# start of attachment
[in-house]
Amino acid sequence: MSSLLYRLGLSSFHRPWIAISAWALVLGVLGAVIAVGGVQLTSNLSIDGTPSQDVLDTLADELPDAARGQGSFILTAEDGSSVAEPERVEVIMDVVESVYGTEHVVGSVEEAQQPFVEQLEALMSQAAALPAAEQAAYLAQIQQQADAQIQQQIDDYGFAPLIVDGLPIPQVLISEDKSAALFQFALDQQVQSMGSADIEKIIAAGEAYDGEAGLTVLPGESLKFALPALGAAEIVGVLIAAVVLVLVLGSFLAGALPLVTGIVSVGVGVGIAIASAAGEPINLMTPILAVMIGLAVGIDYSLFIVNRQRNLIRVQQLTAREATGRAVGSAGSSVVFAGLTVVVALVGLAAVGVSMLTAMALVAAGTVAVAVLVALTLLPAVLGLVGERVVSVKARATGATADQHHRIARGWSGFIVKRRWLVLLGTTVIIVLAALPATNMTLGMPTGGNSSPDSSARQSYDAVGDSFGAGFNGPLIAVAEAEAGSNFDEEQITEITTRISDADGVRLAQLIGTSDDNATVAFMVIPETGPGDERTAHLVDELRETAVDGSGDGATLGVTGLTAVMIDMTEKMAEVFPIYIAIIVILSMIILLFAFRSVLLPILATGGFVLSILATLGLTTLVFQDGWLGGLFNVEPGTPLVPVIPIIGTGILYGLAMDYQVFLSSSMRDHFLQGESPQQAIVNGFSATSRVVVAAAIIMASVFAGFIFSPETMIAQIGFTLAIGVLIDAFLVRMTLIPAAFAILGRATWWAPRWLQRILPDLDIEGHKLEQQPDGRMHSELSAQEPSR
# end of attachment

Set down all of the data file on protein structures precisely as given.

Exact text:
[in-house]
Amino acid sequence: MSSLLYRLGLSSFHRPWIAISAWALVLGVLGAVIAVGGVQLTSNLSIDGTPSQDVLDTLADELPDAARGQGSFILTAEDGSSVAEPERVEVIMDVVESVYGTEHVVGSVEEAQQPFVEQLEALMSQAAALPAAEQAAYLAQIQQQADAQIQQQIDDYGFAPLIVDGLPIPQVLISEDKSAALFQFALDQQVQSMGSADIEKIIAAGEAYDGEAGLTVLPGESLKFALPALGAAEIVGVLIAAVVLVLVLGSFLAGALPLVTGIVSVGVGVGIAIASAAGEPINLMTPILAVMIGLAVGIDYSLFIVNRQRNLIRVQQLTAREATGRAVGSAGSSVVFAGLTVVVALVGLAAVGVSMLTAMALVAAGTVAVAVLVALTLLPAVLGLVGERVVSVKARATGATADQHHRIARGWSGFIVKRRWLVLLGTTVIIVLAALPATNMTLGMPTGGNSSPDSSARQSYDAVGDSFGAGFNGPLIAVAEAEAGSNFDEEQITEITTRISDADGVRLAQLIGTSDDNATVAFMVIPETGPGDERTAHLVDELRETAVDGSGDGATLGVTGLTAVMIDMTEKMAEVFPIYIAIIVILSMIILLFAFRSVLLPILATGGFVLSILATLGLTTLVFQDGWLGGLFNVEPGTPLVPVIPIIGTGILYGLAMDYQVFLSSSMRDHFLQGESPQQAIVNGFSATSRVVVAAAIIMASVFAGFIFSPETMIAQIGFTLAIGVLIDAFLVRMTLIPAAFAILGRATWWAPRWLQRILPDLDIEGHKLEQQPDGRMHSELSAQEPSR